How one man's death from police brutality exposed a city's pain and anger. On April 12, 2015, 25-year-old Freddie Gray was chased and searched by Baltimore policemen. When they found he had a pocketknife, they arrested him, placing him in leg irons in the back of a police van. By the time the van arrived at the station, Gray was unconscious; at the University of Maryland Medical Center, he underwent surgery for three broken vertebrae and an injured voice box. After a week in a coma, he died. Political analyst and activist Moore, head of the anti-poverty Robin Hood Foundation and a Baltimore native, closely examines the unrest that followed Gray's death by recounting the experiences of a series of people deeply affected by the events. The result is a visceral collective portrait of a community beset by poverty and injustice. "What really happened over those five days?" Moore asks. "And what do we do next?" Among the voices that the author includes are those of a black policeman hoping "to heal the disconnect between police and the West Baltimore community he grew up in"; a woman whose brother was a victim of police brutality, desperately trying to hold the perpetrators accountable; a white public defender who has devoted her career to working with juveniles; a prominent lawyer who turned to representing plaintiffs in police brutality cases; the owner of the Orioles, stunned by the protestors' violence, who came to see that his team needed to foster a relationship with the community; a well-regarded civic leader who organized a peaceful protest march that included Congressman Elijah Cummings and local ministers; and the manager of a beloved recreation venue that was protected from the uprisings by a group who made sure that everyone knew the business was black-owned. By focusing on a cross-section of individuals, Moore underscores his point that "our fates are profoundly intertwined." Gray's death, a result of the complex consequences of poverty, impels all Americans to "wrestle with the history of complicity and bias." Moving testimony to a nation's deep wounds.

    COPYRIGHT(2020) Kirkus Reviews, ALL RIGHTS RESERVED.

  • Library Journal

    Starred review from April 1, 2020

    On April 12, 2015, Baltimore resident Freddie Gray was arrested and charged with possession of a knife. According to witnesses, police officers cuffed Gray and put him in the back of a police van. However, there remains speculation as to whether officers beat or kicked him. While being transported in the van, Gray fell into a coma; he died on April 19, 2015 due to injuries to his spinal cord. The protests that followed are the focus of this latest from best-selling author Moore (The Other Wes Moore), coauthored with journalist Green. Through the perspectives of eight different people, Moore creates a tableau in which the effects of the protests and the differing relationships between citizens and the Baltimore Police Department are explored. Though it is clear that Moore believes that the police department is guilty of abuse toward poor black citizens, he still maintains a sense of balance by allowing a high-ranking African American police officer as well as white city officials to share their perspectives on the protests. VERDICT A rich, yet disturbing tapestry of modern U.S. history that succeeds in presenting how the power of protest creates situations that are at once chaotic, cathartic, and life-changing.--Leah Huey, Dekalb P.L., IL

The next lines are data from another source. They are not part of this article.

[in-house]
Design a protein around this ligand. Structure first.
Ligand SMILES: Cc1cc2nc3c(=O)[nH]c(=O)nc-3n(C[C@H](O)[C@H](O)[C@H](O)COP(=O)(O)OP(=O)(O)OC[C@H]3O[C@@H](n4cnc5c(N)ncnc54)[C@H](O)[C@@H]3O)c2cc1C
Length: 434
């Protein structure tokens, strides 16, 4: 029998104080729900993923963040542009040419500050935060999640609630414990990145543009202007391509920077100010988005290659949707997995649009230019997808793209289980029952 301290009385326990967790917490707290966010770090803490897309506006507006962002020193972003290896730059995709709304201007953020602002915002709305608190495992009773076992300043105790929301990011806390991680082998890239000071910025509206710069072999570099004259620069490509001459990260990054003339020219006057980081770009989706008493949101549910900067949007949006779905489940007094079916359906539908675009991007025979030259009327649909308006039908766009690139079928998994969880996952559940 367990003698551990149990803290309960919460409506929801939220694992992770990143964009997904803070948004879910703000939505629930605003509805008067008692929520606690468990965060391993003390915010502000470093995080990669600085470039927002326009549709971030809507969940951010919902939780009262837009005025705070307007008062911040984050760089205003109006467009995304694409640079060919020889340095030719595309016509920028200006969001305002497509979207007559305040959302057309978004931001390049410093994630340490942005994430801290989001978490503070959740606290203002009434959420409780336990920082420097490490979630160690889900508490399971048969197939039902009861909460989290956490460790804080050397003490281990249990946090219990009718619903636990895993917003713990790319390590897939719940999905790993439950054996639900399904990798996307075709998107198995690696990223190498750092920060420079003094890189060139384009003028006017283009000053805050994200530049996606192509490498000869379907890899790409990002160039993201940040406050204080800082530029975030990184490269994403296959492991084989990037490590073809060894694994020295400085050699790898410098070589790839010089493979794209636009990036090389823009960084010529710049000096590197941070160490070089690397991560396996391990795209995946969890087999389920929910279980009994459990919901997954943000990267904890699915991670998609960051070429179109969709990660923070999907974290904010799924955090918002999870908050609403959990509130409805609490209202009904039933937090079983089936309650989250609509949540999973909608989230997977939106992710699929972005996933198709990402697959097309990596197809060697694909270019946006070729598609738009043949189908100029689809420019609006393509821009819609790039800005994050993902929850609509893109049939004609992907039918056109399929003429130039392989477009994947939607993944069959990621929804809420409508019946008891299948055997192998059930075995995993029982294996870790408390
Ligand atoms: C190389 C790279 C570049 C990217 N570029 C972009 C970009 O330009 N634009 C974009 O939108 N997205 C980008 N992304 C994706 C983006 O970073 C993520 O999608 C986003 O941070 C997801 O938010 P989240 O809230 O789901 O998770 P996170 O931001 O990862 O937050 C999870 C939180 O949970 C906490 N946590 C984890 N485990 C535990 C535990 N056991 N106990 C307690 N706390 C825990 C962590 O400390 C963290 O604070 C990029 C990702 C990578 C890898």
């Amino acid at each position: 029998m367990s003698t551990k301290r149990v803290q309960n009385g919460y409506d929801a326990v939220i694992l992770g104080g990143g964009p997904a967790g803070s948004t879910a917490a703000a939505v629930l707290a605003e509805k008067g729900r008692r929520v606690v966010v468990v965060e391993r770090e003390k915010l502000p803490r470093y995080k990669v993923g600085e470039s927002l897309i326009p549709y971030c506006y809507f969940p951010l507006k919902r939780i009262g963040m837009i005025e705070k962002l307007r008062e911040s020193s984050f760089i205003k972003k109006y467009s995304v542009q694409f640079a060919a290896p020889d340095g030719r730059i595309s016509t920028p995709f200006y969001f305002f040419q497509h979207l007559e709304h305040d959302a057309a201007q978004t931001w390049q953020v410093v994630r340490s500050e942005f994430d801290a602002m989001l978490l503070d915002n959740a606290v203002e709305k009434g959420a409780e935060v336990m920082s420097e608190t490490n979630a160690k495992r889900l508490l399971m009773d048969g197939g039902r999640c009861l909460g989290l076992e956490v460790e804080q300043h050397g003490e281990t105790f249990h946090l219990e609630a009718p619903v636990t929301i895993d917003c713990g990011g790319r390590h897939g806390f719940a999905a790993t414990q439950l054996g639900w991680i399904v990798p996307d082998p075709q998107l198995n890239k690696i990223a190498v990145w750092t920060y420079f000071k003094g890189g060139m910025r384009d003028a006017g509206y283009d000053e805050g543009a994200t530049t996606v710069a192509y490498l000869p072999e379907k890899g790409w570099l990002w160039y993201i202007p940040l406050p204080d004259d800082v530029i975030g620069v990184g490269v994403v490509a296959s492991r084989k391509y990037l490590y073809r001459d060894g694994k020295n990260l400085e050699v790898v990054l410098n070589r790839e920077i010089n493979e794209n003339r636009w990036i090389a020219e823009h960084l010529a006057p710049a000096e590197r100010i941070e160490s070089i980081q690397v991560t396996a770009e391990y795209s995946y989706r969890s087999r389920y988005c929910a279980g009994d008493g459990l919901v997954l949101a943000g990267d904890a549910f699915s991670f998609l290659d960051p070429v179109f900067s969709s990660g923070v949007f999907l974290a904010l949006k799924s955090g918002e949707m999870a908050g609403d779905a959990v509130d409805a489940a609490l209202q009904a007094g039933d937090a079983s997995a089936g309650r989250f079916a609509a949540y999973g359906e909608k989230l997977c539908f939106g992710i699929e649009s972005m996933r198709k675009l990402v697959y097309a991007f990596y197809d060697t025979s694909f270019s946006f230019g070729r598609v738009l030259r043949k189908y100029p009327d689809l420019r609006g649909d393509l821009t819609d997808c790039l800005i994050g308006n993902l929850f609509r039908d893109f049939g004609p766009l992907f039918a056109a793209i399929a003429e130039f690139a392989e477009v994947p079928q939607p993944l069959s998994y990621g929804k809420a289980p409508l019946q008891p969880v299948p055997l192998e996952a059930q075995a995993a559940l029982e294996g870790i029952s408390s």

Copyright 2020 Library Journal, LLC Used with permission.

  • Booklist

    April 1, 2020
    Moore (The Work, 2015; The Other Wes Moore, 2010) and journalist Green look at five days of rioting that shook Baltimore in 2015 after the death of Freddie Gray, an unarmed black man killed by city police. Instead of a traditional narrative, Moore and Green allow the events to unfold through the eyes of seven different people, ranging from everyday citizens who get caught up in the days' events to community and business leaders, a police captain, and a politician. The action is presented chronologically in chapters devoted to each person's experiences. The shifting perspectives give the story a broad scope, revealing how tragedy, injustice, and long-seeded socioeconomic and policing inequities ripped apart an already tense city. The escalating experiences of Greg Butler, 22, who intentionally punctured a fire hose being used by fire fighters extinguishing a burning building, and John Angelos, a Baltimore Orioles executive who tweeted support for the marches and blamed the city's unrest during decades of systemic, top-down abuse on the city's impoverished, are particularly powerful and show how the conflict impacted every stratum of the city.(Reprinted with permission of Booklist, copyright 2020, American Library Association.)